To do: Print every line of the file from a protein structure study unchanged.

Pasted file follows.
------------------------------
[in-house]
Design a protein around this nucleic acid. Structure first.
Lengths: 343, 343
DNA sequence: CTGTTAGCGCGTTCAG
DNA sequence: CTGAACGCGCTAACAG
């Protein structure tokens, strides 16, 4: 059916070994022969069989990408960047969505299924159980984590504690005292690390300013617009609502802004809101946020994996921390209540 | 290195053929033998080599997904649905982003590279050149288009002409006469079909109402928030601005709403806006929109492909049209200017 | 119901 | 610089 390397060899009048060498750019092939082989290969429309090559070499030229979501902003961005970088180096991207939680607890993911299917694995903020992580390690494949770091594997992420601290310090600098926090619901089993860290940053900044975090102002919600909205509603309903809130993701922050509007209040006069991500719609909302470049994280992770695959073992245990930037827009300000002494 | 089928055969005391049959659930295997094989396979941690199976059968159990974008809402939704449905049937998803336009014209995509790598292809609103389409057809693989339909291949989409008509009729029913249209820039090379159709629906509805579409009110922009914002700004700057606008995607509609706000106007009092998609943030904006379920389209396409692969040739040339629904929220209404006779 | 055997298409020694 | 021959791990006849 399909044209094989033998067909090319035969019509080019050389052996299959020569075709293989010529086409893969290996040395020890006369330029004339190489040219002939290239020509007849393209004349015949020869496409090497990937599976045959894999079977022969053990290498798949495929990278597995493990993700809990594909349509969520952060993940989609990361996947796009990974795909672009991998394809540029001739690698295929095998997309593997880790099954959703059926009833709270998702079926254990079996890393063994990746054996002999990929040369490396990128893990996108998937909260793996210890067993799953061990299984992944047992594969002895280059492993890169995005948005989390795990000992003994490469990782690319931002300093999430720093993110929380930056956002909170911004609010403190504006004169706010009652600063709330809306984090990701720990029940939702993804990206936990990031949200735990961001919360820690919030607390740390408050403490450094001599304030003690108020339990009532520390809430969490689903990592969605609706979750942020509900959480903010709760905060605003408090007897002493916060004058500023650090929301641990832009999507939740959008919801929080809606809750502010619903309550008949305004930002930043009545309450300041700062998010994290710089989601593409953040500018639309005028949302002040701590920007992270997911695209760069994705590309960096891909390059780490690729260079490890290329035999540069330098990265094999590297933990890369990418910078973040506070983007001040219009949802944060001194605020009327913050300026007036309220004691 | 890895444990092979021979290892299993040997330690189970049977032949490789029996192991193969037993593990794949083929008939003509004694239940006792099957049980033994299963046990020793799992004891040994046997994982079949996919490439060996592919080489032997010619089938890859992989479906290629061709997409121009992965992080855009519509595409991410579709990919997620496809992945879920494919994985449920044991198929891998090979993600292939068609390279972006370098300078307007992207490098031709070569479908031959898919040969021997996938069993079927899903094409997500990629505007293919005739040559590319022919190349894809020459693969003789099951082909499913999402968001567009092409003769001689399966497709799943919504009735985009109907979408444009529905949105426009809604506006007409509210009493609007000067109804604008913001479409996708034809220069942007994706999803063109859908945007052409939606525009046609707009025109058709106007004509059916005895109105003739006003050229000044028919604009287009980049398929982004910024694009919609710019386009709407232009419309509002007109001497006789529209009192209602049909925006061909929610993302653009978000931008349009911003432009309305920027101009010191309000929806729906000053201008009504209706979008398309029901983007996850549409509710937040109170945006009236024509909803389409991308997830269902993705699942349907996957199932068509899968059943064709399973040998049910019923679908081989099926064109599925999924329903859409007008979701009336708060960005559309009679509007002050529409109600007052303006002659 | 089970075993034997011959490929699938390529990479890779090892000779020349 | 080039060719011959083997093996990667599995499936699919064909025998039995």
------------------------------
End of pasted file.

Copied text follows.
[in-house]
Design a protein around this nucleic acid. Structure first.
Lengths: 343, 343
DNA sequence: CTGTTAGCGCGTTCAG
DNA sequence: CTGAACGCGCTAACAG
């Protein structure tokens, strides 16, 4: 059916070994022969069989990408960047969505299924159980984590504690005292690390300013617009609502802004809101946020994996921390209540 | 290195053929033998080599997904649905982003590279050149288009002409006469079909109402928030601005709403806006929109492909049209200017 | 119901 | 610089 390397060899009048060498750019092939082989290969429309090559070499030229979501902003961005970088180096991207939680607890993911299917694995903020992580390690494949770091594997992420601290310090600098926090619901089993860290940053900044975090102002919600909205509603309903809130993701922050509007209040006069991500719609909302470049994280992770695959073992245990930037827009300000002494 | 089928055969005391049959659930295997094989396979941690199976059968159990974008809402939704449905049937998803336009014209995509790598292809609103389409057809693989339909291949989409008509009729029913249209820039090379159709629906509805579409009110922009914002700004700057606008995607509609706000106007009092998609943030904006379920389209396409692969040739040339629904929220209404006779 | 055997298409020694 | 021959791990006849 399909044209094989033998067909090319035969019509080019050389052996299959020569075709293989010529086409893969290996040395020890006369330029004339190489040219002939290239020509007849393209004349015949020869496409090497990937599976045959894999079977022969053990290498798949495929990278597995493990993700809990594909349509969520952060993940989609990361996947796009990974795909672009991998394809540029001739690698295929095998997309593997880790099954959703059926009833709270998702079926254990079996890393063994990746054996002999990929040369490396990128893990996108998937909260793996210890067993799953061990299984992944047992594969002895280059492993890169995005948005989390795990000992003994490469990782690319931002300093999430720093993110929380930056956002909170911004609010403190504006004169706010009652600063709330809306984090990701720990029940939702993804990206936990990031949200735990961001919360820690919030607390740390408050403490450094001599304030003690108020339990009532520390809430969490689903990592969605609706979750942020509900959480903010709760905060605003408090007897002493916060004058500023650090929301641990832009999507939740959008919801929080809606809750502010619903309550008949305004930002930043009545309450300041700062998010994290710089989601593409953040500018639309005028949302002040701590920007992270997911695209760069994705590309960096891909390059780490690729260079490890290329035999540069330098990265094999590297933990890369990418910078973040506070983007001040219009949802944060001194605020009327913050300026007036309220004691 | 890895444990092979021979290892299993040997330690189970049977032949490789029996192991193969037993593990794949083929008939003509004694239940006792099957049980033994299963046990020793799992004891040994046997994982079949996919490439060996592919080489032997010619089938890859992989479906290629061709997409121009992965992080855009519509595409991410579709990919997620496809992945879920494919994985449920044991198929891998090979993600292939068609390279972006370098300078307007992207490098031709070569479908031959898919040969021997996938069993079927899903094409997500990629505007293919005739040559590319022919190349894809020459693969003789099951082909499913999402968001567009092409003769001689399966497709799943919504009735985009109907979408444009529905949105426009809604506006007409509210009493609007000067109804604008913001479409996708034809220069942007994706999803063109859908945007052409939606525009046609707009025109058709106007004509059916005895109105003739006003050229000044028919604009287009980049398929982004910024694009919609710019386009709407232009419309509002007109001497006789529209009192209602049909925006061909929610993302653009978000931008349009911003432009309305920027101009010191309000929806729906000053201008009504209706979008398309029901983007996850549409509710937040109170945006009236024509909803389409991308997830269902993705699942349907996957199932068509899968059943064709399973040998049910019923679908081989099926064109599925999924329903859409007008979701009336708060960005559309009679509007002050529409109600007052303006002659 | 089970075993034997011959490929699938390529990479890779090892000779020349 | 080039060719011959083997093996990667599995499936699919064909025998039995």